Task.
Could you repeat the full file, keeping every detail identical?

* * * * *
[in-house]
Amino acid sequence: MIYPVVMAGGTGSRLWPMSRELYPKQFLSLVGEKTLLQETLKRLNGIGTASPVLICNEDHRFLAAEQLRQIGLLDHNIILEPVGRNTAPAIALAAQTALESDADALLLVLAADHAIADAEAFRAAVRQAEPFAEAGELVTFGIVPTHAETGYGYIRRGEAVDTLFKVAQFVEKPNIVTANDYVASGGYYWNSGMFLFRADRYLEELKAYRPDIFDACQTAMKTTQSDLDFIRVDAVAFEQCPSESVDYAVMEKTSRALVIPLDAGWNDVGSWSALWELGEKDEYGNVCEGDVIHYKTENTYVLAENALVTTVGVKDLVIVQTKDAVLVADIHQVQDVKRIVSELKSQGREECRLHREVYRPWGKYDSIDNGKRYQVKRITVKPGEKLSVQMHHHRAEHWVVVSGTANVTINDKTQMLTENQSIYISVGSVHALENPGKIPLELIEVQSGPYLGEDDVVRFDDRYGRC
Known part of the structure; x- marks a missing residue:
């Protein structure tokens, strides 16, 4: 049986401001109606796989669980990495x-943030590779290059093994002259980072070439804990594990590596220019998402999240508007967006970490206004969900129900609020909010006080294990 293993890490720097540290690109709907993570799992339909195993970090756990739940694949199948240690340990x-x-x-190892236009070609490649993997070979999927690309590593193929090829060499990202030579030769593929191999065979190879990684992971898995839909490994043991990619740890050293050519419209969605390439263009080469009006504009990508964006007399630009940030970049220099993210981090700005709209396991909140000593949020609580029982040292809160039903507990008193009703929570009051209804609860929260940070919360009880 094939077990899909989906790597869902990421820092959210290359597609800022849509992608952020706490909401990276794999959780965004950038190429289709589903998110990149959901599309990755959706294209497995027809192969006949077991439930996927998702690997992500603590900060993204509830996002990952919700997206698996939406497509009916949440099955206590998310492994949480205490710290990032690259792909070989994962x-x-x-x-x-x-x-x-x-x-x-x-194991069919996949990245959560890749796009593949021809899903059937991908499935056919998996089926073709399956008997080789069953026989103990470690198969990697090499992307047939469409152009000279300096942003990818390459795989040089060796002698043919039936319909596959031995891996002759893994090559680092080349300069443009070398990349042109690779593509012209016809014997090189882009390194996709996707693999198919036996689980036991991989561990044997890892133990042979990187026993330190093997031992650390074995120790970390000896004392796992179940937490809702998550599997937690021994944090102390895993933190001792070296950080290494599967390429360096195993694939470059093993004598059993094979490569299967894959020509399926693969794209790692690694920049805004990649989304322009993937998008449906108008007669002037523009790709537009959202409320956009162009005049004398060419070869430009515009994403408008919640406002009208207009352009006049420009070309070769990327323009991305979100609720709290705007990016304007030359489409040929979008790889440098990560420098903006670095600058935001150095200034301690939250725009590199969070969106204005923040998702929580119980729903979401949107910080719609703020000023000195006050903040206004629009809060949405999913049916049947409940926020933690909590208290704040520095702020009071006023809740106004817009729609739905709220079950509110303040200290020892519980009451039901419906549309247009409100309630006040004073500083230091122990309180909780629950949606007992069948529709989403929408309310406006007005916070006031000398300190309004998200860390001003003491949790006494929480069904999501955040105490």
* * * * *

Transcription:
[in-house]
Amino acid sequence: MIYPVVMAGGTGSRLWPMSRELYPKQFLSLVGEKTLLQETLKRLNGIGTASPVLICNEDHRFLAAEQLRQIGLLDHNIILEPVGRNTAPAIALAAQTALESDADALLLVLAADHAIADAEAFRAAVRQAEPFAEAGELVTFGIVPTHAETGYGYIRRGEAVDTLFKVAQFVEKPNIVTANDYVASGGYYWNSGMFLFRADRYLEELKAYRPDIFDACQTAMKTTQSDLDFIRVDAVAFEQCPSESVDYAVMEKTSRALVIPLDAGWNDVGSWSALWELGEKDEYGNVCEGDVIHYKTENTYVLAENALVTTVGVKDLVIVQTKDAVLVADIHQVQDVKRIVSELKSQGREECRLHREVYRPWGKYDSIDNGKRYQVKRITVKPGEKLSVQMHHHRAEHWVVVSGTANVTINDKTQMLTENQSIYISVGSVHALENPGKIPLELIEVQSGPYLGEDDVVRFDDRYGRC
Known part of the structure; x- marks a missing residue:
């Protein structure tokens, strides 16, 4: 049986401001109606796989669980990495x-943030590779290059093994002259980072070439804990594990590596220019998402999240508007967006970490206004969900129900609020909010006080294990 293993890490720097540290690109709907993570799992339909195993970090756990739940694949199948240690340990x-x-x-190892236009070609490649993997070979999927690309590593193929090829060499990202030579030769593929191999065979190879990684992971898995839909490994043991990619740890050293050519419209969605390439263009080469009006504009990508964006007399630009940030970049220099993210981090700005709209396991909140000593949020609580029982040292809160039903507990008193009703929570009051209804609860929260940070919360009880 094939077990899909989906790597869902990421820092959210290359597609800022849509992608952020706490909401990276794999959780965004950038190429289709589903998110990149959901599309990755959706294209497995027809192969006949077991439930996927998702690997992500603590900060993204509830996002990952919700997206698996939406497509009916949440099955206590998310492994949480205490710290990032690259792909070989994962x-x-x-x-x-x-x-x-x-x-x-x-194991069919996949990245959560890749796009593949021809899903059937991908499935056919998996089926073709399956008997080789069953026989103990470690198969990697090499992307047939469409152009000279300096942003990818390459795989040089060796002698043919039936319909596959031995891996002759893994090559680092080349300069443009070398990349042109690779593509012209016809014997090189882009390194996709996707693999198919036996689980036991991989561990044997890892133990042979990187026993330190093997031992650390074995120790970390000896004392796992179940937490809702998550599997937690021994944090102390895993933190001792070296950080290494599967390429360096195993694939470059093993004598059993094979490569299967894959020509399926693969794209790692690694920049805004990649989304322009993937998008449906108008007669002037523009790709537009959202409320956009162009005049004398060419070869430009515009994403408008919640406002009208207009352009006049420009070309070769990327323009991305979100609720709290705007990016304007030359489409040929979008790889440098990560420098903006670095600058935001150095200034301690939250725009590199969070969106204005923040998702929580119980729903979401949107910080719609703020000023000195006050903040206004629009809060949405999913049916049947409940926020933690909590208290704040520095702020009071006023809740106004817009729609739905709220079950509110303040200290020892519980009451039901419906549309247009409100309630006040004073500083230091122990309180909780629950949606007992069948529709989403929408309310406006007005916070006031000398300190309004998200860390001003003491949790006494929480069904999501955040105490």